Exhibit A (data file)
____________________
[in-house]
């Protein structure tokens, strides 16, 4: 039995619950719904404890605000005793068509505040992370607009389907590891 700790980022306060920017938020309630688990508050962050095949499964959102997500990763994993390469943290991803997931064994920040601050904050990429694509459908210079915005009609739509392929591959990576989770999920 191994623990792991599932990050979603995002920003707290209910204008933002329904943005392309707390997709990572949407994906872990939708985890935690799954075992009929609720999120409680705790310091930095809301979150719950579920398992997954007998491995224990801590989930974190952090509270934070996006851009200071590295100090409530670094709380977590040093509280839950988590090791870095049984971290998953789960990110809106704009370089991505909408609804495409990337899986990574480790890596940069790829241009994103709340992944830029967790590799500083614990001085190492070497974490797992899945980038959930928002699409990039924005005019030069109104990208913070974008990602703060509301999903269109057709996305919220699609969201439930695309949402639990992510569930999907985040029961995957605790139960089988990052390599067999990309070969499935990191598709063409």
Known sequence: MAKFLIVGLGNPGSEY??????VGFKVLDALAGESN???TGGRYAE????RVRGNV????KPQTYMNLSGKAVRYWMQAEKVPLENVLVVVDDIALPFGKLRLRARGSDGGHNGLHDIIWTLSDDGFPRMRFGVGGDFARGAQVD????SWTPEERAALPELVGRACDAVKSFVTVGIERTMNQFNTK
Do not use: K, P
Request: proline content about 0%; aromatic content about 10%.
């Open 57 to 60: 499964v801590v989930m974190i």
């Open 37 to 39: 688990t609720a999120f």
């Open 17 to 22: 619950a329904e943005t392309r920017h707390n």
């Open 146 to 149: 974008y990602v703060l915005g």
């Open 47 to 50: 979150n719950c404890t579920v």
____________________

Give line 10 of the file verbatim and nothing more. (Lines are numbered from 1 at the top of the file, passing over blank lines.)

């Open 47 to 50: 979150n719950c404890t579920v």